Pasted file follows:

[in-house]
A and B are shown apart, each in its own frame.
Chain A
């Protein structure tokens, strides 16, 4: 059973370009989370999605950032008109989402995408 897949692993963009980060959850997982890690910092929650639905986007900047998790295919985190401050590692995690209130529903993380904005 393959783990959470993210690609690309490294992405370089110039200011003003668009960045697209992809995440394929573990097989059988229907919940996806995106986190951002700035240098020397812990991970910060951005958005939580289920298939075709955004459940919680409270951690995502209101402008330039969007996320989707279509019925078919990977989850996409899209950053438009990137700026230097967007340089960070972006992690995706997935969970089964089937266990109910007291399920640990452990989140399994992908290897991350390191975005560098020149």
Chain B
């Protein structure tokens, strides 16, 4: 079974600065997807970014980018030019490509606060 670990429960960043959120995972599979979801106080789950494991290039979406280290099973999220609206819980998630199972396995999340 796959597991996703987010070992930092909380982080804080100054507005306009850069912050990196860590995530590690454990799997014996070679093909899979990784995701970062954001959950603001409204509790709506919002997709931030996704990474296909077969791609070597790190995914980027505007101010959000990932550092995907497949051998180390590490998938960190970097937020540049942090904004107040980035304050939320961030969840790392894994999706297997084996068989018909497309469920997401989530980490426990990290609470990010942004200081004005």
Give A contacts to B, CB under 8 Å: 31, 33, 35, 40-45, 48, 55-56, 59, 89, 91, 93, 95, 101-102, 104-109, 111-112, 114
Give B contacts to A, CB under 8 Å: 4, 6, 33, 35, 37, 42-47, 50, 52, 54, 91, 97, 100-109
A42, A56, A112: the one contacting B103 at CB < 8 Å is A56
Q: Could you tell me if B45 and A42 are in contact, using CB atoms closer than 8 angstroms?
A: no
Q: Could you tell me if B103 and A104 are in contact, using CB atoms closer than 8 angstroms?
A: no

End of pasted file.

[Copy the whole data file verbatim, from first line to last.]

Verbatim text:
[in-house]
A and B are shown apart, each in its own frame.
Chain A
């Protein structure tokens, strides 16, 4: 059973370009989370999605950032008109989402995408 897949692993963009980060959850997982890690910092929650639905986007900047998790295919985190401050590692995690209130529903993380904005 393959783990959470993210690609690309490294992405370089110039200011003003668009960045697209992809995440394929573990097989059988229907919940996806995106986190951002700035240098020397812990991970910060951005958005939580289920298939075709955004459940919680409270951690995502209101402008330039969007996320989707279509019925078919990977989850996409899209950053438009990137700026230097967007340089960070972006992690995706997935969970089964089937266990109910007291399920640990452990989140399994992908290897991350390191975005560098020149």
Chain B
């Protein structure tokens, strides 16, 4: 079974600065997807970014980018030019490509606060 670990429960960043959120995972599979979801106080789950494991290039979406280290099973999220609206819980998630199972396995999340 796959597991996703987010070992930092909380982080804080100054507005306009850069912050990196860590995530590690454990799997014996070679093909899979990784995701970062954001959950603001409204509790709506919002997709931030996704990474296909077969791609070597790190995914980027505007101010959000990932550092995907497949051998180390590490998938960190970097937020540049942090904004107040980035304050939320961030969840790392894994999706297997084996068989018909497309469920997401989530980490426990990290609470990010942004200081004005």
Give A contacts to B, CB under 8 Å: 31, 33, 35, 40-45, 48, 55-56, 59, 89, 91, 93, 95, 101-102, 104-109, 111-112, 114
Give B contacts to A, CB under 8 Å: 4, 6, 33, 35, 37, 42-47, 50, 52, 54, 91, 97, 100-109
A42, A56, A112: the one contacting B103 at CB < 8 Å is A56
Q: Could you tell me if B45 and A42 are in contact, using CB atoms closer than 8 angstroms?
A: no
Q: Could you tell me if B103 and A104 are in contact, using CB atoms closer than 8 angstroms?
A: no